Chukar: Known for their large annual population fluctuations, chukar are down slightly statewide, but are on the increase in southeast Oregon. Overall, Malheur and Harney districts found the highest densities of chukar, followed by the Heppner District. The Malheur and Grant districts had the highest chukar production with an average of 4.5 chicks/adult, followed by Harney (3.6 chicks/adult).

Only 3 Days For Skagit Brant Hunters, But Other Westside Areas Open As Scheduled

THE FOLLOWING IS A PRESS RELEASE FROM THE WASHINGTON DEPARTMENT OF FISH AND WILDLIFE

The Washington Department of Fish and Wildlife (WDFW) announced a restricted, three-day hunting season for brant geese in Skagit County today, while continuing hunts in three other counties where brant counts have been stable.

A BRANT LANDS AMONGST DECOYS SET OFF THE TESORO REFINERY NEAR ANACORTES, IN WESTERN SKAGIT COUNTY, AN IMAGE SUPPLIED TO NORTHWEST SPORTSMAN FOR AN ARTICLE ON THE SPECIES WHICH RAN A COUPLE WINTERS AGO. (MAYNARD AXELSON)

This year’s brant season in Skagit County will occur on Jan. 12, 16, and 19, based on criteria set by the Washington Fish and Wildlife Commission in April.

Kyle Spragens, WDFW waterfowl section manager, said the reduced schedule was necessary after aerial bird counts conducted in Skagit County indicated numbers fell short of the 6,000 birds required for a full eight-day hunting season for high arctic brant.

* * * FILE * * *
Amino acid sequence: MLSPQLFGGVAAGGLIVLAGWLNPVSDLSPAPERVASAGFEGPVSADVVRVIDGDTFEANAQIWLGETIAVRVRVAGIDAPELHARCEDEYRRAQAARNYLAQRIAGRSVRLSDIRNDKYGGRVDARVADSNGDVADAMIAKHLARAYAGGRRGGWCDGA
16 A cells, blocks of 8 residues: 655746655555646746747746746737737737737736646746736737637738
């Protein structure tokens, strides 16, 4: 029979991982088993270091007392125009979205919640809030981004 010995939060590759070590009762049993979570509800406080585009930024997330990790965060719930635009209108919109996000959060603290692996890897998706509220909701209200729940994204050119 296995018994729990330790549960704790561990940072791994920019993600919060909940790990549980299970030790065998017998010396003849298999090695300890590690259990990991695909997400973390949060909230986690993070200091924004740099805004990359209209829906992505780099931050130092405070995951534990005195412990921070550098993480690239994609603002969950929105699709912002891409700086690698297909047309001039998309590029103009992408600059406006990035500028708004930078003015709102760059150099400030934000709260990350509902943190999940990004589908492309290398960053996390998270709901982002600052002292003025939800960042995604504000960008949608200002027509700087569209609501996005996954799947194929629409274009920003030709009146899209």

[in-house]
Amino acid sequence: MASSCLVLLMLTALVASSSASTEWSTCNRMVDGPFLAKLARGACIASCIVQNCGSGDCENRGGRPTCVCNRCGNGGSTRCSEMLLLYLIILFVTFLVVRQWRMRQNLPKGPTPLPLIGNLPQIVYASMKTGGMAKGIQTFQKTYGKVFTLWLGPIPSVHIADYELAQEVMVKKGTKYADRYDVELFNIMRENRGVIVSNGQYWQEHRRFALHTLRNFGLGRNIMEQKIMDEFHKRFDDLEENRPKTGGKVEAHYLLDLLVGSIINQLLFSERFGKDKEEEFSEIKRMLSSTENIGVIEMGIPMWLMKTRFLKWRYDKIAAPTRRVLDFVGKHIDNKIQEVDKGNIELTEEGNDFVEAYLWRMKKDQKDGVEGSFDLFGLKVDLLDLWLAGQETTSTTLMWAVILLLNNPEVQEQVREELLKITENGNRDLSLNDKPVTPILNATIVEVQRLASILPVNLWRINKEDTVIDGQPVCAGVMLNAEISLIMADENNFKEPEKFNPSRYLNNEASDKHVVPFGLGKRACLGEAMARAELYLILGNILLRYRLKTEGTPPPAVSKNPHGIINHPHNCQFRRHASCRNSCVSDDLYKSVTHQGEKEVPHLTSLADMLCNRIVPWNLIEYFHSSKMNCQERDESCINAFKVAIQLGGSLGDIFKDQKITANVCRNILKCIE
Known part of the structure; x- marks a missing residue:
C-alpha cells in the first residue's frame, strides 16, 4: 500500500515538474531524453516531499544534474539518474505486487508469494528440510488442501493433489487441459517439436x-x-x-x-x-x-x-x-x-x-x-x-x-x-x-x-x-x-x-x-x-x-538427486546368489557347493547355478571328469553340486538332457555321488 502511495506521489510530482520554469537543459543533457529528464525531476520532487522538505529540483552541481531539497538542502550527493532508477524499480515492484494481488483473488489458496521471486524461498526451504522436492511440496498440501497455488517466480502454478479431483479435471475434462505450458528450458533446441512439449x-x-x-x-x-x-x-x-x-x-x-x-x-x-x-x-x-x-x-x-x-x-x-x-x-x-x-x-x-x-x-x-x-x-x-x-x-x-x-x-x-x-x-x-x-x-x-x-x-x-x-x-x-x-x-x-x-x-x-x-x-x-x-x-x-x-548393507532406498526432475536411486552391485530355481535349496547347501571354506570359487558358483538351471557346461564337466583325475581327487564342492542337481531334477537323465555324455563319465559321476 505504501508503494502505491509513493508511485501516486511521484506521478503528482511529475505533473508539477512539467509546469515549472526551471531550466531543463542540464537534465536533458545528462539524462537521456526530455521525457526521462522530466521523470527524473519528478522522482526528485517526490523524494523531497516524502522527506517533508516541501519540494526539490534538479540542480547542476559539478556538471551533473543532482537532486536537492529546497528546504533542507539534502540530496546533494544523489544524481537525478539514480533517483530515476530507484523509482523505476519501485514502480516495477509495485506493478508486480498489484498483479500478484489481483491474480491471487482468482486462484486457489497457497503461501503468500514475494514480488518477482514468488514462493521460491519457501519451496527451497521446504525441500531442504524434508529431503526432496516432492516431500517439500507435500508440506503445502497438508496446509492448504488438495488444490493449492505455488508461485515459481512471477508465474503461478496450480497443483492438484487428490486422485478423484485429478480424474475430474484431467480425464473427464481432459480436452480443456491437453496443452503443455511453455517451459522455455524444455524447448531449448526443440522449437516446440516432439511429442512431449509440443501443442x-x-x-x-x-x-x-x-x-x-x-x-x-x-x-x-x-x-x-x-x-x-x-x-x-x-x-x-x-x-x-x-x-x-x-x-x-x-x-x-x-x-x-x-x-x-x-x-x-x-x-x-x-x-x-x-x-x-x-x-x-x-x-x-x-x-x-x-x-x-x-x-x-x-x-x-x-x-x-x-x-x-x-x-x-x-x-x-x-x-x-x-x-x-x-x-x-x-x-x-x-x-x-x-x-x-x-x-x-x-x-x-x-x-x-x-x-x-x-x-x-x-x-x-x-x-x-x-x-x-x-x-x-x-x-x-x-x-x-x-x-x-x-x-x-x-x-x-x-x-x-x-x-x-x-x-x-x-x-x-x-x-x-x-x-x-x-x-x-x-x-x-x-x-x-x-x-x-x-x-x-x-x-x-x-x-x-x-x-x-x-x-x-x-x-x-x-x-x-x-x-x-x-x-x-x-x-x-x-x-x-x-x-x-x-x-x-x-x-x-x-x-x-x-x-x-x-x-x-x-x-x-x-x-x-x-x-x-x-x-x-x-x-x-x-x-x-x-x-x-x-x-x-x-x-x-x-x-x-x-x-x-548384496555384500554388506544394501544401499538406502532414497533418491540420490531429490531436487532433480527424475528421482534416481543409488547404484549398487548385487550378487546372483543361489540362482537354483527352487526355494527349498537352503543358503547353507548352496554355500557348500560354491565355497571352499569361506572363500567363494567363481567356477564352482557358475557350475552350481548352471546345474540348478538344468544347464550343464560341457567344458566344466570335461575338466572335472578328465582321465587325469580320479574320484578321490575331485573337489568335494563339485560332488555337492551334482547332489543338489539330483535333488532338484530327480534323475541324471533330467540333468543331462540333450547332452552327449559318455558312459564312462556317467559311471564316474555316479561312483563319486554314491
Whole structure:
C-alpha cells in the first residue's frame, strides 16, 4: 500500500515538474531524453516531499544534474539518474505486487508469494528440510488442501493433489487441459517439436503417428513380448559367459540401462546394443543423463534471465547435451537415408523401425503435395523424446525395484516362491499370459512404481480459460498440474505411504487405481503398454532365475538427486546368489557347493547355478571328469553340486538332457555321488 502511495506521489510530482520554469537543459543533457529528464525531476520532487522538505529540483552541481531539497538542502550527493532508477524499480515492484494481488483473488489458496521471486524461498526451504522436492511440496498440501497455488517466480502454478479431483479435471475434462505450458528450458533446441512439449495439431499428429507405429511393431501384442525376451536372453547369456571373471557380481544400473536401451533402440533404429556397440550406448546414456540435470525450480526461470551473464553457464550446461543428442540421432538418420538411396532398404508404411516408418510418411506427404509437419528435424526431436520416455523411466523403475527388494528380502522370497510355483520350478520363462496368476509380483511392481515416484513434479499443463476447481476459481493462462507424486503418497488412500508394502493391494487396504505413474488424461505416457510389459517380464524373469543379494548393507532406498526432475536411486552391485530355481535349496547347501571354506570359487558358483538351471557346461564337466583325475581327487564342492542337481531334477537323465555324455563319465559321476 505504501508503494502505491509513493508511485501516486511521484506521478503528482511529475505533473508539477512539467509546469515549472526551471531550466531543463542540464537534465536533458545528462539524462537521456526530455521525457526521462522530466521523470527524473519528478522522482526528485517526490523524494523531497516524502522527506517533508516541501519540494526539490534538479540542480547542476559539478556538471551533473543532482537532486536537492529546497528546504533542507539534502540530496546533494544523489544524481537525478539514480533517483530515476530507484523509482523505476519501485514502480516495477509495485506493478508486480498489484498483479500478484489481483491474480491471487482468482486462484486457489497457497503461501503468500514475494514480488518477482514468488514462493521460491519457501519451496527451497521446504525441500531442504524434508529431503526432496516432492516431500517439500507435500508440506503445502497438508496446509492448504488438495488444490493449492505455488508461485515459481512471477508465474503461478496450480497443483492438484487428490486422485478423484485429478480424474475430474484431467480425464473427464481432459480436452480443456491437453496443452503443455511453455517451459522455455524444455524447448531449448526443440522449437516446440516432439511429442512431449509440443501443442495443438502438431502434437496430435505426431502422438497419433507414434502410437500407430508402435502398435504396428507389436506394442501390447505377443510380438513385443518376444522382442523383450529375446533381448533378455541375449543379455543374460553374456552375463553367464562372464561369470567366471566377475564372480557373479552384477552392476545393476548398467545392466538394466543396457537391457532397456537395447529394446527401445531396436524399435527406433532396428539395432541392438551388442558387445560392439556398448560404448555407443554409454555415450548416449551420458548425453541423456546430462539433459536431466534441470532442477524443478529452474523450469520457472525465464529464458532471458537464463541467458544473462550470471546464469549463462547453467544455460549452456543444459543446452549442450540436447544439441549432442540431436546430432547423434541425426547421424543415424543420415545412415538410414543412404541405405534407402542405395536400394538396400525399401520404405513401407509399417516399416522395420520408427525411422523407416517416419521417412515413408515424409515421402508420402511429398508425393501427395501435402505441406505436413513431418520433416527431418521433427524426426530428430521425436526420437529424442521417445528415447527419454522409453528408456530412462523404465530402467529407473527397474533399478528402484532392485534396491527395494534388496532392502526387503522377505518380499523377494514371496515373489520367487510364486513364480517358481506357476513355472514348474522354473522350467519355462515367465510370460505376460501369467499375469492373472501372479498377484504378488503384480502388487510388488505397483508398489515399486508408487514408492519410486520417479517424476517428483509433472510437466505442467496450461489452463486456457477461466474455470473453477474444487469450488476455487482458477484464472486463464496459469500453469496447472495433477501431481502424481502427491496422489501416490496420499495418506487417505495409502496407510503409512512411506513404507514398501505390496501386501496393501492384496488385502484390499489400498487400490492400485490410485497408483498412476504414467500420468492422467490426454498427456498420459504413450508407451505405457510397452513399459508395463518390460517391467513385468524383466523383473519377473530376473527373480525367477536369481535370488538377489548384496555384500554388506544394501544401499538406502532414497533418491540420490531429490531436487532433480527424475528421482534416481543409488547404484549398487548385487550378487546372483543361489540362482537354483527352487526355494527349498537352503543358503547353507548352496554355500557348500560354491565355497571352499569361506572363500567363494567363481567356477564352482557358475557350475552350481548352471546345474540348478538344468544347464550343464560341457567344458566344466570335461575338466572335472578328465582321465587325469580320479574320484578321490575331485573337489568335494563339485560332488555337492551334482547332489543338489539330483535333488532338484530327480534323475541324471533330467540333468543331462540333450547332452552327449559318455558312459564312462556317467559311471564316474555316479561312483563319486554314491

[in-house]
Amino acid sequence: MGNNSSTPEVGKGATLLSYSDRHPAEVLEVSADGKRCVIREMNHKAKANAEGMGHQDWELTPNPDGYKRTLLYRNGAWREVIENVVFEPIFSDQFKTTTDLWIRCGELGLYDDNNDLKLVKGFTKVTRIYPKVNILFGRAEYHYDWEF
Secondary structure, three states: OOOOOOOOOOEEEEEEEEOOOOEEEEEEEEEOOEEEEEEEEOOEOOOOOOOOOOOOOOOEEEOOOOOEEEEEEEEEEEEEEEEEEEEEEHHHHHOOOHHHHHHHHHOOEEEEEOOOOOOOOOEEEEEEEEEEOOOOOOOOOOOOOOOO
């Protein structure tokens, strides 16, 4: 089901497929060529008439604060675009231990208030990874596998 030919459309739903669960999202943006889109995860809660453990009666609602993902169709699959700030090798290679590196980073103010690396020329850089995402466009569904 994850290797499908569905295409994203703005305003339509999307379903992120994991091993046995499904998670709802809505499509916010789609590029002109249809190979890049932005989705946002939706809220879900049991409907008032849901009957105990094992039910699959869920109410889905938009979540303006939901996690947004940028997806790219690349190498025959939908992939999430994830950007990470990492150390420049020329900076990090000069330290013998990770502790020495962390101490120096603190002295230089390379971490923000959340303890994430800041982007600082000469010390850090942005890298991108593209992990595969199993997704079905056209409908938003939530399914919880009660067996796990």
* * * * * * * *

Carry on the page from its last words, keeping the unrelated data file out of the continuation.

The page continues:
Spragens said population surveys conducted over Padilla, Samish, and Fidalgo bays in Skagit County this winter tallied 5,203 birds, triggering this year’s three-day season.

“The number of hunting days is directly related to how many brant are counted during those surveys,” he said. “These low counts require us to prioritize conservation responsibilities for this distinctive, coastal species, while providing harvest opportunity when appropriate.”

Spragens said annual counts in Skagit brant numbers can vary widely, noting that this is the third restricted brant season in the past four years.

Meanwhile, stable populations of brant that do not return to western high arctic breeding regions have allowed for continued hunting opportunities in other parts of the state.  The state has again approved a brant season – Jan. 12, 16, and 19 – in Clallam and Whatcom Counties.

Counts in those two counties have increased in recent years and have remained above the 1,000 brant threshold for the past three years, the state criteria required to consider seasons in these areas.

Also, the traditional 10-day brant season in Pacific County will open Jan. 12, 13, 15, 17, 19, 20, 22, 24, 26 and 27.

WDFW reminds hunters to familiarize themselves with local regulations and boundaries. Specifically, hunters in Clallam County are advised to consult the closed zones of Dungeness National Wildlife Refuge (https://www.fws.gov/refuge/Dungeness/visit/rules_and_regulations.html) and hunters in Whatcom County are advised to review boundaries relevant to Bellingham and Lummi Bays (https://www.lummi-nsn.gov/Website.php?PageID=39).

Information on brant seasons is available in WDFW’s Migratory Waterfowl and Upland Game Seasons hunting pamphlet at http://wdfw.wa.gov/hunting/regulations/. Brant hunters are reminded they must possess a valid migratory bird authorization and brant harvest report card.